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Injector Dynamics Fuel Injectors

Injector Dynamics have become the injector of choice for professional tuners everywhere. Their injectors provide superior atomization and spray patterns. Each set is matched to within +/- 1% across the useable dynamic range of the injector. This allows for more precise low pulse-width tuning by not having to compensate for large flow deviations from cylinder to cylinder. The result is smoother idle and better efficiency. Injectors other than ID2000 will require either modification of the wiring harness using the supplied terminals and connector housings, or the separate purchase of plug and play adapters.

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Manufacturer: Injector Dynamics


  • Mitsubishi EVO X

What makes these injectors superior to other injector options? In short, dynamic injector characterization and matching. Injector flow rates from one injector to another will vary, sometimes signficantly, across the dynamic range of the injector. Injectors that are matched strictly by their static flow rates are ignoring the possibility of large deviations in flow when operating at smaller pulse widths. Injector Dynamics data shows as much as a 13% spread at 2msec compared to a 2% spread at static flow. Matching the injectors dynamically across the range of useable pulsewidths results in more accurate fuel delivery to all cylinders which allows the tuning to be more fully optimized.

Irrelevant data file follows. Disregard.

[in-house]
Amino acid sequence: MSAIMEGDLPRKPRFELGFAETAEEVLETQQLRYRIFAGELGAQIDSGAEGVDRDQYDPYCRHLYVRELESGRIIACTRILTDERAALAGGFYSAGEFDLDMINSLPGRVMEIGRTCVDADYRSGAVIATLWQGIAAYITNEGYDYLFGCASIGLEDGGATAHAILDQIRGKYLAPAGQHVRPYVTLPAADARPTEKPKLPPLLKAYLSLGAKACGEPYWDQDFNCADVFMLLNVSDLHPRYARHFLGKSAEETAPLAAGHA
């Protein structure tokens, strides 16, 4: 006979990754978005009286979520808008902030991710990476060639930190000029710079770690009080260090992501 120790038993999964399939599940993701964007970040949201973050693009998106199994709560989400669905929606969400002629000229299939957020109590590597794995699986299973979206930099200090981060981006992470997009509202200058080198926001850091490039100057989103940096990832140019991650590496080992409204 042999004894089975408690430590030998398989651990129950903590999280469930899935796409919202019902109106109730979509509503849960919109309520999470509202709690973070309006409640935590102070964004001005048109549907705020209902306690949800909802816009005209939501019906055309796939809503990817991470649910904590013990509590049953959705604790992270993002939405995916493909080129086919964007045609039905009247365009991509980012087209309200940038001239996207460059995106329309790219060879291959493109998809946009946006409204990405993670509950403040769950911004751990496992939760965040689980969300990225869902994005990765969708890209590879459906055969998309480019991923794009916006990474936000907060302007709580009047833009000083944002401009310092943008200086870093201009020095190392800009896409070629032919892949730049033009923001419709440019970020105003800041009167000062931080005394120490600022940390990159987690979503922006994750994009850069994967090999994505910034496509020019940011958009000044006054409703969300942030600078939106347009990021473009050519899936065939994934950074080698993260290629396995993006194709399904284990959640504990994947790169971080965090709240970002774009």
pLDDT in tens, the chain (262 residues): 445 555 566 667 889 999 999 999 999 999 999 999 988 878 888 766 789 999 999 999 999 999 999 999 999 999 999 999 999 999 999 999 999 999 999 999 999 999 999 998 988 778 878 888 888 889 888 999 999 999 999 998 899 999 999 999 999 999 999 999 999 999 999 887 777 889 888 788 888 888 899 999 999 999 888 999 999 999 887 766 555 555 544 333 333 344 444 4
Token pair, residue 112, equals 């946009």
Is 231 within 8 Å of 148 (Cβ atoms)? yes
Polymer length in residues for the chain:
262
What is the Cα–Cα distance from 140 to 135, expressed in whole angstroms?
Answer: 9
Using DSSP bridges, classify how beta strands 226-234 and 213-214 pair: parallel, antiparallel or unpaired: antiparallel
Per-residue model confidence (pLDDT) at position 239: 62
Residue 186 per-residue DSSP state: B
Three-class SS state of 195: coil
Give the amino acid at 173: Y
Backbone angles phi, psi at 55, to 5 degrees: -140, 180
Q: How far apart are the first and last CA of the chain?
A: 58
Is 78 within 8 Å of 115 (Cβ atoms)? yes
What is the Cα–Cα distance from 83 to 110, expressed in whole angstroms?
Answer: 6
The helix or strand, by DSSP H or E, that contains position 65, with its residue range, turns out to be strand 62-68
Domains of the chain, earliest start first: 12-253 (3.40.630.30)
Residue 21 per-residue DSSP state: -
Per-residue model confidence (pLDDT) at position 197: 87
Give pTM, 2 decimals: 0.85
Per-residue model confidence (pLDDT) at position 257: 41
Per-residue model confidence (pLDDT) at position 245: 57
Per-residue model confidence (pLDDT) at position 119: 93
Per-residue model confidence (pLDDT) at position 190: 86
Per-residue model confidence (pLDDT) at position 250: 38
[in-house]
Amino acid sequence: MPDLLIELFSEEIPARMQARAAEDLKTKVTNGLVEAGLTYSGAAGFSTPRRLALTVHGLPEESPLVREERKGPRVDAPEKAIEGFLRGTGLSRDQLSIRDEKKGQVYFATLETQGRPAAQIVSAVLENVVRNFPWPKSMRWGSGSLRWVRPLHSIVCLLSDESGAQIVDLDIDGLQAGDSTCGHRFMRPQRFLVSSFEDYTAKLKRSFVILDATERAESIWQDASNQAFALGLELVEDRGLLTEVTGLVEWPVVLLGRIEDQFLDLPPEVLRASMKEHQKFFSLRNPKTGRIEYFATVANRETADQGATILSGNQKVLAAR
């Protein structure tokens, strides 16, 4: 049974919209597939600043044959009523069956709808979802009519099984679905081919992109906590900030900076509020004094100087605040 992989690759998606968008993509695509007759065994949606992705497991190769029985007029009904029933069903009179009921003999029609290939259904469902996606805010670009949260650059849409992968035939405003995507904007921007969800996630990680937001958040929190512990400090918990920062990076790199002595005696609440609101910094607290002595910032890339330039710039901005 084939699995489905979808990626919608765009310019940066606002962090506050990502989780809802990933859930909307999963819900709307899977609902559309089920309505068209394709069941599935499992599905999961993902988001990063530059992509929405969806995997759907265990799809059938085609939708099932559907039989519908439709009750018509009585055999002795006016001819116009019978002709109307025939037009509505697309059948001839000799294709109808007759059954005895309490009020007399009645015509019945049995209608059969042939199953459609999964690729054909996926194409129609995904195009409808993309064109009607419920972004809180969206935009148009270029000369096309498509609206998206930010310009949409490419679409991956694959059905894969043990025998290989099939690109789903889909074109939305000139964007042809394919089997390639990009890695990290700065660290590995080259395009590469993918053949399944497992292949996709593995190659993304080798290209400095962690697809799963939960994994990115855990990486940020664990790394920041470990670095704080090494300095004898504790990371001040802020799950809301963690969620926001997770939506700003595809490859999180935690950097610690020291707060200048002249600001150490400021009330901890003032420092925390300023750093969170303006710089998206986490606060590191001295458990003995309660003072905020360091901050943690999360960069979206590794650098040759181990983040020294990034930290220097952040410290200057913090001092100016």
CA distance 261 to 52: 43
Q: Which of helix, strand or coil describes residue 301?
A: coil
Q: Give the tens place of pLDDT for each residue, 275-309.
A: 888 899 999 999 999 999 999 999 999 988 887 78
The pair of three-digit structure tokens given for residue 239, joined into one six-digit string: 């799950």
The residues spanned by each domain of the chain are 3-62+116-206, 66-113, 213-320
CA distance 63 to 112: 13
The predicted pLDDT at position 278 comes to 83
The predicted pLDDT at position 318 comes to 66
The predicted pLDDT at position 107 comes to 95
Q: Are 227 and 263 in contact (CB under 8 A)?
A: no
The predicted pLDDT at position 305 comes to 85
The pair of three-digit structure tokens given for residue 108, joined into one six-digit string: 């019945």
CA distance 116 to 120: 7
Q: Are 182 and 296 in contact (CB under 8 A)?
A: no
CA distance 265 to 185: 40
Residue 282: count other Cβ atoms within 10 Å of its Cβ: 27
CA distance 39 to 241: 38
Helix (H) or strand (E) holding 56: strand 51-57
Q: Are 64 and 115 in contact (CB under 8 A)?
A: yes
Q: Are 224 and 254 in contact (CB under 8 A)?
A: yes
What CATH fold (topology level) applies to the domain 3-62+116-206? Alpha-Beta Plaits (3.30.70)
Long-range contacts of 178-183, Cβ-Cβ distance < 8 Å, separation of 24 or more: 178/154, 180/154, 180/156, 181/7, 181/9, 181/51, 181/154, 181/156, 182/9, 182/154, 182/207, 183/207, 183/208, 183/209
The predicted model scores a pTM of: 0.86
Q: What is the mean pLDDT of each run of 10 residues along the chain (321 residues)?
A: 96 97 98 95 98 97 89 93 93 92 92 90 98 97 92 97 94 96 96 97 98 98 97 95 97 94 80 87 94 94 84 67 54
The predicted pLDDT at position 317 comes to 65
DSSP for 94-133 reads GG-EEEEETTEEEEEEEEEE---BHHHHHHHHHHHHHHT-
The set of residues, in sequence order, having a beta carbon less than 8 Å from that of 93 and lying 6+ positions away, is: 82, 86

How do I determine what injector size I need? A rough approximation of an engine's fuel requirements can be determined based on the horsepower. Start with a realistic approximation of the expected power output (crankshaft HP). Multiply HP by 0.5 for normally aspirated engines or 0.6 for turbo engines. If running E85 use 0.65 for normally aspirated and 0.77 for turbo. This multiplier is an approximation of the brake specific fuel consumption and its entirely possible the actual number may be different depending on the efficiency of the engine but these numbers will get you in the ballpark. Take the resulting number and divide by the number of injectors multiplied by 0.80 (or maximum duty cycle). This will give the injector flow requirements in lbs/hr. To convert to cc/min multiply by 10.5. For example, a turbocharged 4 cylinder engine (with 4 injectors) running E85 and producing 600bhp would look as follows: (600 x 0.77)/(4 x 0.8) = 144.38 lbs/hr x 10.5 = 1516cc/min.

Can I raise the base fuel pressure in order to run a smaller injector? Raising the fuel pressure will increase the flow through the injectors. The percentage increase in flow will be equal to the square root of the new pressure divided by the old pressure. For example, increasing fuel pressure from 43.5psi to 50psi will increase flow through 1000cc injectors to 1072cc.